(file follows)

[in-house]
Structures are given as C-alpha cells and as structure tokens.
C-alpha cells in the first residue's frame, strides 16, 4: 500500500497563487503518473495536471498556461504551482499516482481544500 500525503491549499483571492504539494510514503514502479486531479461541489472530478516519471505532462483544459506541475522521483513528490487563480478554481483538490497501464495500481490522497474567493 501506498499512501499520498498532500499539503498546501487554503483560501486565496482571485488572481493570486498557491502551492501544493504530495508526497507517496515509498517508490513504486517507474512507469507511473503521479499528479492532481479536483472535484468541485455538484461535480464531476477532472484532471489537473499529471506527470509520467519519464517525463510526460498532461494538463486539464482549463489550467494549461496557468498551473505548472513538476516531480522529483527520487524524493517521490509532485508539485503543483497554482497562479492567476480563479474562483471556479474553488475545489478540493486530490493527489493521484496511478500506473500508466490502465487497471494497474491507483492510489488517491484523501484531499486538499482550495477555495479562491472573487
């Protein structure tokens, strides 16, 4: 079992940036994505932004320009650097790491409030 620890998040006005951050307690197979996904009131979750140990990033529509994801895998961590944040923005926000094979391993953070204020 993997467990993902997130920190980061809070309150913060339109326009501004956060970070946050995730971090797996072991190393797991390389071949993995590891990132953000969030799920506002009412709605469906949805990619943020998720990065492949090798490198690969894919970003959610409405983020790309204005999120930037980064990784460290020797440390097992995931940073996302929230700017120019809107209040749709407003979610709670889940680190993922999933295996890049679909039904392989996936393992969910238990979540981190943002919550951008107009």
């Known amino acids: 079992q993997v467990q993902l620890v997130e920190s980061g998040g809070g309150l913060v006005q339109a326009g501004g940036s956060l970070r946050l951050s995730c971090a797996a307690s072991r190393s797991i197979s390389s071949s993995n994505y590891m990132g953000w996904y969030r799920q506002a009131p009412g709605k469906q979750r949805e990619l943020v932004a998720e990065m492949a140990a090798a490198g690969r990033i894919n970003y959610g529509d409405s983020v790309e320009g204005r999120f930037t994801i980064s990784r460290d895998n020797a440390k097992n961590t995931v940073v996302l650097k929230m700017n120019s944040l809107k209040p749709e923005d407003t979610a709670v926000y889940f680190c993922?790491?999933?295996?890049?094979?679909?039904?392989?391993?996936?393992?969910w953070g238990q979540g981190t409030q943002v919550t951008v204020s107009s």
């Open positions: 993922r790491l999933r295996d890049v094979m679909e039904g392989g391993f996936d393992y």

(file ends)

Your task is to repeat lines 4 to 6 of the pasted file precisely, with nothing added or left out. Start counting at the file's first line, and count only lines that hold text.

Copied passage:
């Protein structure tokens, strides 16, 4: 079992940036994505932004320009650097790491409030 620890998040006005951050307690197979996904009131979750140990990033529509994801895998961590944040923005926000094979391993953070204020 993997467990993902997130920190980061809070309150913060339109326009501004956060970070946050995730971090797996072991190393797991390389071949993995590891990132953000969030799920506002009412709605469906949805990619943020998720990065492949090798490198690969894919970003959610409405983020790309204005999120930037980064990784460290020797440390097992995931940073996302929230700017120019809107209040749709407003979610709670889940680190993922999933295996890049679909039904392989996936393992969910238990979540981190943002919550951008107009």
């Known amino acids: 079992q993997v467990q993902l620890v997130e920190s980061g998040g809070g309150l913060v006005q339109a326009g501004g940036s956060l970070r946050l951050s995730c971090a797996a307690s072991r190393s797991i197979s390389s071949s993995n994505y590891m990132g953000w996904y969030r799920q506002a009131p009412g709605k469906q979750r949805e990619l943020v932004a998720e990065m492949a140990a090798a490198g690969r990033i894919n970003y959610g529509d409405s983020v790309e320009g204005r999120f930037t994801i980064s990784r460290d895998n020797a440390k097992n961590t995931v940073v996302l650097k929230m700017n120019s944040l809107k209040p749709e923005d407003t979610a709670v926000y889940f680190c993922?790491?999933?295996?890049?094979?679909?039904?392989?391993?996936?393992?969910w953070g238990q979540g981190t409030q943002v919550t951008v204020s107009s």
């Open positions: 993922r790491l999933r295996d890049v094979m679909e039904g392989g391993f996936d393992y």